We opted for an actual table instead and ordered “watermelon man” cocktails (€10). The wine and beer list are pretty limited so spirits or cocktails are really the best option here. Annoyingly, they won’t serve tap water and the only option is expensive bottled water. The food is supposed to be a fusion of Asian, French and German flavours but the only thing that I could spot which was particularly German was the predominance of meat on the menu. To begin there were huge tiger prawns (€14.50) or skewers of chicken satay (€7.50). For €65 you can order a platter for six which includes a selection of all the starters which is the more economical and spectacular option. The platter is actually a huge black slate with everything arranged in spectacular formations. Cherry tomatoes still on the vine have been slow roasted to a sweet and squishy state and are draped alongside spicy beef skewers and slightly dried out sashimi. Main options include salmon steak (€15.50) teamed with a stack of Asian vegetables and a disappointingly tough bavette steak (€20.50) served with a bowl of creamy Hollondaise sauce. However it is not the food that is the main attraction here, instead when the clock strikes midnight like the opposit of Cinderella’s ball the tables are removed and the whole warehouse becomes a huge dance floor until the early hours of the morning.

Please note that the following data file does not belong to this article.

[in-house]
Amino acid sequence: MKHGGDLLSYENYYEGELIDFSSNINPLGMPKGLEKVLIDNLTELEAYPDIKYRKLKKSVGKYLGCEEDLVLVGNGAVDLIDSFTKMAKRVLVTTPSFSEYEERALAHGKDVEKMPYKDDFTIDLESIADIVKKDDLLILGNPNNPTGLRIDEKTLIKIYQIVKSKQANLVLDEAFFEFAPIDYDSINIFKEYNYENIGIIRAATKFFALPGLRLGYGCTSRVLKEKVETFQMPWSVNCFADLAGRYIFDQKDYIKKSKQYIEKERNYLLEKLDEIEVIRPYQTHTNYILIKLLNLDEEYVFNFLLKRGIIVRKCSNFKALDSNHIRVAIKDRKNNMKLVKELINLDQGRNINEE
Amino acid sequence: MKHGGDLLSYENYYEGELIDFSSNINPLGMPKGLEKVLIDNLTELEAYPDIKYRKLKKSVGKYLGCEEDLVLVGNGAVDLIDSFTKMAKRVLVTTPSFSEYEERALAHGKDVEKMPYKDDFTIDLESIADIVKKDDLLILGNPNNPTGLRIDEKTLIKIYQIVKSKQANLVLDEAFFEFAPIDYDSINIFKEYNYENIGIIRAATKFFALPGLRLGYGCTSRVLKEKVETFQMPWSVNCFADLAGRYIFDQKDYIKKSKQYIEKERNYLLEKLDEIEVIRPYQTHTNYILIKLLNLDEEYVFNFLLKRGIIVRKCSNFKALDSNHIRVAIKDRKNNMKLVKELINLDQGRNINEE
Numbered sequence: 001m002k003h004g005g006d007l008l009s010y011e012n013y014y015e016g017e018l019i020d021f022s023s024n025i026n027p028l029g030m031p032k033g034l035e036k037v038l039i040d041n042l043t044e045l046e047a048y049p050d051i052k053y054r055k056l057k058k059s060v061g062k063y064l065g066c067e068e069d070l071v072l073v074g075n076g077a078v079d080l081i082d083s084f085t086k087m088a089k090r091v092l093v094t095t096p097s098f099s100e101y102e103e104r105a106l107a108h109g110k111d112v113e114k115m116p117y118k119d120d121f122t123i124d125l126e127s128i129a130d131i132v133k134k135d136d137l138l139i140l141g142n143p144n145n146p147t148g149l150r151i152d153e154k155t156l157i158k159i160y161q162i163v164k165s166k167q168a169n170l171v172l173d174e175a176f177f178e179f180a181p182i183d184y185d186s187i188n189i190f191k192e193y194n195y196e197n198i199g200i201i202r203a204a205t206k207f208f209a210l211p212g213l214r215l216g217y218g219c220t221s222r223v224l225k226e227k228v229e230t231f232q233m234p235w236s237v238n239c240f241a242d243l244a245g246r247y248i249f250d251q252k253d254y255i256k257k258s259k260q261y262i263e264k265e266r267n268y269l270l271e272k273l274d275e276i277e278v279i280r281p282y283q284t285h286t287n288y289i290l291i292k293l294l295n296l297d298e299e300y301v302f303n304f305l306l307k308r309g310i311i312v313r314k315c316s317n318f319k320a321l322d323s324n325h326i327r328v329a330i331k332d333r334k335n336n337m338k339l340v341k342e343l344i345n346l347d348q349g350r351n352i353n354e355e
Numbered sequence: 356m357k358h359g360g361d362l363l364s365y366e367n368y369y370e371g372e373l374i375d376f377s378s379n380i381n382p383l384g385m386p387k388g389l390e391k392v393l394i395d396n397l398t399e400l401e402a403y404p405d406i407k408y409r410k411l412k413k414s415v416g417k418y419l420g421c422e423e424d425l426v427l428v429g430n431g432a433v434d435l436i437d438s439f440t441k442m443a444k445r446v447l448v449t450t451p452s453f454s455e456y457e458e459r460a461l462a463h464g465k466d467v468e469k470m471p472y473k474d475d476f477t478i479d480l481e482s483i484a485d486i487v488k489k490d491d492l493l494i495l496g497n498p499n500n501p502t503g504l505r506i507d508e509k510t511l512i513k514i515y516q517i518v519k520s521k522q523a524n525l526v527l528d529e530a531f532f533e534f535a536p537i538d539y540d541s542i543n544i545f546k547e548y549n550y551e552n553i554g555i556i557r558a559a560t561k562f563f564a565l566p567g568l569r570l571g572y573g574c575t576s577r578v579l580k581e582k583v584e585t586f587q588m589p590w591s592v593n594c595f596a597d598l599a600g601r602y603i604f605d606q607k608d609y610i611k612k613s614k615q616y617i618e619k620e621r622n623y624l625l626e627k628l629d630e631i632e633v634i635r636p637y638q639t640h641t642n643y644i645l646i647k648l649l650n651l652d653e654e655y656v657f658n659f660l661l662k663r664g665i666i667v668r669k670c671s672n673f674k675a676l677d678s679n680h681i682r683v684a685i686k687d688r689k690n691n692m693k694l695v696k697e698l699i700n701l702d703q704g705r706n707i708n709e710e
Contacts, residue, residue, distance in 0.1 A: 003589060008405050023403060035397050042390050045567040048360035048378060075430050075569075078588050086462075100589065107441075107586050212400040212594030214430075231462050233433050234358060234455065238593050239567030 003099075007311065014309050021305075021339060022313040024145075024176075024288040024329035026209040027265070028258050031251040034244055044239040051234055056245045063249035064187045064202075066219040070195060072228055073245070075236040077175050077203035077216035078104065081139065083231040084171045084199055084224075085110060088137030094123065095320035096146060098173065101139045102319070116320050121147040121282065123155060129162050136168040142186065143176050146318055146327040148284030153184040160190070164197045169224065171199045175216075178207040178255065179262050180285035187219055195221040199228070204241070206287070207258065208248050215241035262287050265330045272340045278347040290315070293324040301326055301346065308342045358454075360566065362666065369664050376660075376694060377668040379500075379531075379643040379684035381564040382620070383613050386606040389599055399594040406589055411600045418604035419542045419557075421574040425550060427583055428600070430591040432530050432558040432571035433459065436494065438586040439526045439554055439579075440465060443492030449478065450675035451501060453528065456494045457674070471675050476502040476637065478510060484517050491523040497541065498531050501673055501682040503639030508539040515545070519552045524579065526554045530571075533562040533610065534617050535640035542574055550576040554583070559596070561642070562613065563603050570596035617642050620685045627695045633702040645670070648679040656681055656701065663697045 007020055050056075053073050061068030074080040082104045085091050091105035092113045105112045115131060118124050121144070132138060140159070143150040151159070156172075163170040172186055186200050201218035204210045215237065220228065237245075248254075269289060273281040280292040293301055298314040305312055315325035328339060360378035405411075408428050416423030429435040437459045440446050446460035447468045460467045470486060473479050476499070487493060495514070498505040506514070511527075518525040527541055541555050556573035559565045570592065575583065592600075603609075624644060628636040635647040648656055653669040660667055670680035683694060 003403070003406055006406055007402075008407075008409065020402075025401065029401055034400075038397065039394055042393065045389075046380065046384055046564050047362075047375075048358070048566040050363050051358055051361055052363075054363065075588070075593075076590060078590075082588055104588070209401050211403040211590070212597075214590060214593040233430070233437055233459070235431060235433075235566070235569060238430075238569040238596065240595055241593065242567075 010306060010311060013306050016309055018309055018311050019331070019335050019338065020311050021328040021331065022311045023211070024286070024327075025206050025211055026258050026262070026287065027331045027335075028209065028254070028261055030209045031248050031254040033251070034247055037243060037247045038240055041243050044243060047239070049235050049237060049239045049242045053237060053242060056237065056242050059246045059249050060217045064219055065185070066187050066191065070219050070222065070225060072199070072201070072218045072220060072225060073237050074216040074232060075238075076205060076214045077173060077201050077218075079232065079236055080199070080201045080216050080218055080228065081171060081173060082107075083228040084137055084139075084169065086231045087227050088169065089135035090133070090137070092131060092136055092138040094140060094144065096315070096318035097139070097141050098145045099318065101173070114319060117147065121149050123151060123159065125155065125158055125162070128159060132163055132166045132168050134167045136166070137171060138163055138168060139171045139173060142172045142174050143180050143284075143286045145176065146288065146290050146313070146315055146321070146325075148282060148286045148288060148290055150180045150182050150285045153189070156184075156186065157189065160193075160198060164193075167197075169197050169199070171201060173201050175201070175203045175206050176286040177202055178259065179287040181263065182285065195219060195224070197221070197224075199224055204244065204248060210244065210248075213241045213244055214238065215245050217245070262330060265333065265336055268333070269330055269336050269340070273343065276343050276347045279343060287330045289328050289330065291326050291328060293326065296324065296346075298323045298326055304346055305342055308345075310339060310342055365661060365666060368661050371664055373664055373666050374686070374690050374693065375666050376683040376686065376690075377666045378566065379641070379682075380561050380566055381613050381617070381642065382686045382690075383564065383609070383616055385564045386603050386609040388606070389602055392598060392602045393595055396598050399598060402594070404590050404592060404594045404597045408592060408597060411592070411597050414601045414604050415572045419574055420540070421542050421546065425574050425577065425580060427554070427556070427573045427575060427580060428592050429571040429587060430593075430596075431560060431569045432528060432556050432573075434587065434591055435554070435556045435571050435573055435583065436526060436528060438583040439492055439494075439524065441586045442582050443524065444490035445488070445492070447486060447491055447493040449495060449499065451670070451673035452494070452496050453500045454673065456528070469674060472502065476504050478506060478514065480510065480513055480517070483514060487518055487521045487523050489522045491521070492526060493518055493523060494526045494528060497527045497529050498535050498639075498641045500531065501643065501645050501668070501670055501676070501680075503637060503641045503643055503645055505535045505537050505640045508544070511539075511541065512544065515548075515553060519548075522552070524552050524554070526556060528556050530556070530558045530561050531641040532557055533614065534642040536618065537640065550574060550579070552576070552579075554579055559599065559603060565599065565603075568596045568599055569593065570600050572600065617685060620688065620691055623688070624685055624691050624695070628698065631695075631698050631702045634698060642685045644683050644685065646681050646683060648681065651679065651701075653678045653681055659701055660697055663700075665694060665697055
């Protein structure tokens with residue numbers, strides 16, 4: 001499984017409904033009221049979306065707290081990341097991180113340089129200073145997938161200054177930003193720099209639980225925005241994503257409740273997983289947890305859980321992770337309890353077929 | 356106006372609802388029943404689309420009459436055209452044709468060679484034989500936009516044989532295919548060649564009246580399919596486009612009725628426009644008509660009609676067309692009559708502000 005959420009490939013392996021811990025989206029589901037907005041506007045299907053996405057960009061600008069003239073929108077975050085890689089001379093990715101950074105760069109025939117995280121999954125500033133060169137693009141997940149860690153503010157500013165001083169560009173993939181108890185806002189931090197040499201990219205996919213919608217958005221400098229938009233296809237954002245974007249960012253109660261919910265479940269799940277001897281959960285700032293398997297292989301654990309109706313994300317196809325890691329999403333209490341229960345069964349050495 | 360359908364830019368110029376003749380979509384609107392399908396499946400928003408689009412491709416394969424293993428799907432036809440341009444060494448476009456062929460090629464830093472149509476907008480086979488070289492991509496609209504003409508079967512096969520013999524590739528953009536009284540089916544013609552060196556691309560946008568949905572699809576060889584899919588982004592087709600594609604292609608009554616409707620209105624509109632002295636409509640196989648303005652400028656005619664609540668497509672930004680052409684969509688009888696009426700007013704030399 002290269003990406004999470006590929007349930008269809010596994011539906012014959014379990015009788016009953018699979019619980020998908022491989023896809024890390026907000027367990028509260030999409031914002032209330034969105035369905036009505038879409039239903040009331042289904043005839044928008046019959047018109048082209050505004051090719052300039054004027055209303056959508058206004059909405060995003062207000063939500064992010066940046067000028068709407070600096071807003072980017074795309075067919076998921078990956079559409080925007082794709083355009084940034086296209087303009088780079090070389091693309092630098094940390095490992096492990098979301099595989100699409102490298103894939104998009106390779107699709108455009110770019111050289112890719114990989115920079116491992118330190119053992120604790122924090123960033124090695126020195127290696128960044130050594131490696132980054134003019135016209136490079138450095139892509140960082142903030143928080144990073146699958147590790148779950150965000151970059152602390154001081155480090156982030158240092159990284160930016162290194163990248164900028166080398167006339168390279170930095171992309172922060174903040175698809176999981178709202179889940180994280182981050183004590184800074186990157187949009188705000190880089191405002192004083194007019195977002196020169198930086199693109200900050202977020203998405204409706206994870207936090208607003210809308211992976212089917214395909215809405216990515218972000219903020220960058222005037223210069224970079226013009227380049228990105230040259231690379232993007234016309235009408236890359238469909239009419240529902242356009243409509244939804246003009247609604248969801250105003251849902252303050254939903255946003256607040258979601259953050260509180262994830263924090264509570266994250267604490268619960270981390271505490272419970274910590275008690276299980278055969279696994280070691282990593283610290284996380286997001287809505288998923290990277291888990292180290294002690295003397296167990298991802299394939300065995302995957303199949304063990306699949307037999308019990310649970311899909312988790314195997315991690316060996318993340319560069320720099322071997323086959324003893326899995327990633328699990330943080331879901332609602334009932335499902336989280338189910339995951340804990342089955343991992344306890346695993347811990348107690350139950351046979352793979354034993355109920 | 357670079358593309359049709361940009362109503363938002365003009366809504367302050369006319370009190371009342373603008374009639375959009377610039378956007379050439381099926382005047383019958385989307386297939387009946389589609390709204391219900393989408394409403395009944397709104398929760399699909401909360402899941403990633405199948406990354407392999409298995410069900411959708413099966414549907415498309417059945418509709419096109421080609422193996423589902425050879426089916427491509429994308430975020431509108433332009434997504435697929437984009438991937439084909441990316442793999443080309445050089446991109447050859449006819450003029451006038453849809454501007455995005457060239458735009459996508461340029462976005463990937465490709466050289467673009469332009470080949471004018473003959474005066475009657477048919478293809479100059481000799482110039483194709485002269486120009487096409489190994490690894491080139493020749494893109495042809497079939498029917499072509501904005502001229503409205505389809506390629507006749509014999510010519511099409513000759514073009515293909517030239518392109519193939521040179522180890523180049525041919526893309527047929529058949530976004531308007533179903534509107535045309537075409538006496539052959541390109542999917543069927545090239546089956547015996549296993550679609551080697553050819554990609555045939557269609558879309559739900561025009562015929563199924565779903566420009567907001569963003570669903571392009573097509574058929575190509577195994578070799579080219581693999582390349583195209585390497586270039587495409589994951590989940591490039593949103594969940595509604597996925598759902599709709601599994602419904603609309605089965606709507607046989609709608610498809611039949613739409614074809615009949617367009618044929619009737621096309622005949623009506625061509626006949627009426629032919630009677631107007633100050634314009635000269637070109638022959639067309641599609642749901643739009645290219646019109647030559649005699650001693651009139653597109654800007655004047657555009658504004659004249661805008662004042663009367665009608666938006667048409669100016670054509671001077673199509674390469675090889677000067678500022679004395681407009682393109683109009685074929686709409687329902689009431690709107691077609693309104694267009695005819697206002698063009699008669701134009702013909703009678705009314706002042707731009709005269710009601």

Details Kopenicker Strasse 16/17, Eastern Kreuzberg, Berlin, Germany (Ph 030 6956 6775)
Gourmet Travel Tips
We stayed at Art ‘otel which is a modern hotel fairly centrally located in the Mitte district. It was clean and comfortable and not to pricey at €79 a night but did feel a little impersonal at times.
There is so much to do in Berlin that the three days we spent there were nowhere near enough. Highlights were a fat tyres bike tour which gave us some orientation and a chance to find out some of the history, the Norman Foster designed Reichstag, the Jewish museum, the DDR museum and visiting what is left of the Berlin wall.